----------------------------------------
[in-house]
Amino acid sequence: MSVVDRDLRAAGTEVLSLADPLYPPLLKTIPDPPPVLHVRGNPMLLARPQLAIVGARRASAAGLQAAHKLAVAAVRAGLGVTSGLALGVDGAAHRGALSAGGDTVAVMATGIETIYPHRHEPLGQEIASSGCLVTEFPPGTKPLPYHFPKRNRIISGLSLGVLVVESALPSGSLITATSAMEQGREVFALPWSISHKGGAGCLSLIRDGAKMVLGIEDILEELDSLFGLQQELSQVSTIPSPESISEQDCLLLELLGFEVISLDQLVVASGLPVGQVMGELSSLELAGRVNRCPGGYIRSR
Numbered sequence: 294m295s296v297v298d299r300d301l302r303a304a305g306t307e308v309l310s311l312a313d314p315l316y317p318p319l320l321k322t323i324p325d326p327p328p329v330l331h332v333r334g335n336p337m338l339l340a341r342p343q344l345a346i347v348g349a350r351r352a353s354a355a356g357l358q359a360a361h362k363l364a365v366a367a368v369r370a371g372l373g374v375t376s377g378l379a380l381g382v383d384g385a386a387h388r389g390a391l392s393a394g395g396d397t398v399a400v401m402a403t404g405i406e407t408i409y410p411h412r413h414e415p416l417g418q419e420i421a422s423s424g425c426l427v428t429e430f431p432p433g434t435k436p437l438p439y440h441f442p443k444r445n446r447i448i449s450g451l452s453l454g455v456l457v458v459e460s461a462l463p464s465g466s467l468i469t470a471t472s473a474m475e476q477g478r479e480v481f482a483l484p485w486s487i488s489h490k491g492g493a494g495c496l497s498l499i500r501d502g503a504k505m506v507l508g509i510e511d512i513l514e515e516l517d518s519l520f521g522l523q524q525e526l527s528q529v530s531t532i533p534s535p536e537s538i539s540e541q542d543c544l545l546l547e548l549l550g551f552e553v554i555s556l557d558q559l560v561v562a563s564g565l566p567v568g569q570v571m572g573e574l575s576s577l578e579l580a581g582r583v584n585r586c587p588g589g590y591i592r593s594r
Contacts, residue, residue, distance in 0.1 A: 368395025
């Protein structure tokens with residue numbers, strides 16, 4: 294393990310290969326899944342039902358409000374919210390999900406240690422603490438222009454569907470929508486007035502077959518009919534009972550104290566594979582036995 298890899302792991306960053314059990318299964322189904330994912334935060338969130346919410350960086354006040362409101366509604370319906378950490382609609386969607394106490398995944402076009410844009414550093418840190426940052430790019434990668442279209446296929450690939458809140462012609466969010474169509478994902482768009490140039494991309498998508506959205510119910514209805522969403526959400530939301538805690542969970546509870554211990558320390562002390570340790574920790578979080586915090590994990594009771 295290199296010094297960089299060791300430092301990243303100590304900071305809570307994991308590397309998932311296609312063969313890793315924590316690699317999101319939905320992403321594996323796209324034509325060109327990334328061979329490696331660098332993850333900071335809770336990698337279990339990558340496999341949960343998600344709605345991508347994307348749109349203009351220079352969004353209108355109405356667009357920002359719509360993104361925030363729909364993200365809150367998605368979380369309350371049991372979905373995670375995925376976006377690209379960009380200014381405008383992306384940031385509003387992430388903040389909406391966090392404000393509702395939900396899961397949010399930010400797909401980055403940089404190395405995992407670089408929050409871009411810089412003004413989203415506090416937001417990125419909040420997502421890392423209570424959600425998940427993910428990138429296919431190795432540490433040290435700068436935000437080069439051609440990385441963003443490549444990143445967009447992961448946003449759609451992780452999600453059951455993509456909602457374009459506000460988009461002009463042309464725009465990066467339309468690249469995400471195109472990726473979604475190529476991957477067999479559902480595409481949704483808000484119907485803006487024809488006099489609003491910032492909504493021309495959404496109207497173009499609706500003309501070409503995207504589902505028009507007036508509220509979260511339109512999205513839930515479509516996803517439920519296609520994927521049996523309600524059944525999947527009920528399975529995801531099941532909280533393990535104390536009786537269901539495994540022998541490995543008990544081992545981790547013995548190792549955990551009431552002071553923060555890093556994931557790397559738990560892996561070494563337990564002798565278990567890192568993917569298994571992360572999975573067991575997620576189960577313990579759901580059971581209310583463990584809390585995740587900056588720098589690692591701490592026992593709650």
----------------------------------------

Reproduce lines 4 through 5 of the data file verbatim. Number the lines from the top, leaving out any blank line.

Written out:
Contacts, residue, residue, distance in 0.1 A: 368395025
């Protein structure tokens with residue numbers, strides 16, 4: 294393990310290969326899944342039902358409000374919210390999900406240690422603490438222009454569907470929508486007035502077959518009919534009972550104290566594979582036995 298890899302792991306960053314059990318299964322189904330994912334935060338969130346919410350960086354006040362409101366509604370319906378950490382609609386969607394106490398995944402076009410844009414550093418840190426940052430790019434990668442279209446296929450690939458809140462012609466969010474169509478994902482768009490140039494991309498998508506959205510119910514209805522969403526959400530939301538805690542969970546509870554211990558320390562002390570340790574920790578979080586915090590994990594009771 295290199296010094297960089299060791300430092301990243303100590304900071305809570307994991308590397309998932311296609312063969313890793315924590316690699317999101319939905320992403321594996323796209324034509325060109327990334328061979329490696331660098332993850333900071335809770336990698337279990339990558340496999341949960343998600344709605345991508347994307348749109349203009351220079352969004353209108355109405356667009357920002359719509360993104361925030363729909364993200365809150367998605368979380369309350371049991372979905373995670375995925376976006377690209379960009380200014381405008383992306384940031385509003387992430388903040389909406391966090392404000393509702395939900396899961397949010399930010400797909401980055403940089404190395405995992407670089408929050409871009411810089412003004413989203415506090416937001417990125419909040420997502421890392423209570424959600425998940427993910428990138429296919431190795432540490433040290435700068436935000437080069439051609440990385441963003443490549444990143445967009447992961448946003449759609451992780452999600453059951455993509456909602457374009459506000460988009461002009463042309464725009465990066467339309468690249469995400471195109472990726473979604475190529476991957477067999479559902480595409481949704483808000484119907485803006487024809488006099489609003491910032492909504493021309495959404496109207497173009499609706500003309501070409503995207504589902505028009507007036508509220509979260511339109512999205513839930515479509516996803517439920519296609520994927521049996523309600524059944525999947527009920528399975529995801531099941532909280533393990535104390536009786537269901539495994540022998541490995543008990544081992545981790547013995548190792549955990551009431552002071553923060555890093556994931557790397559738990560892996561070494563337990564002798565278990567890192568993917569298994571992360572999975573067991575997620576189960577313990579759901580059971581209310583463990584809390585995740587900056588720098589690692591701490592026992593709650």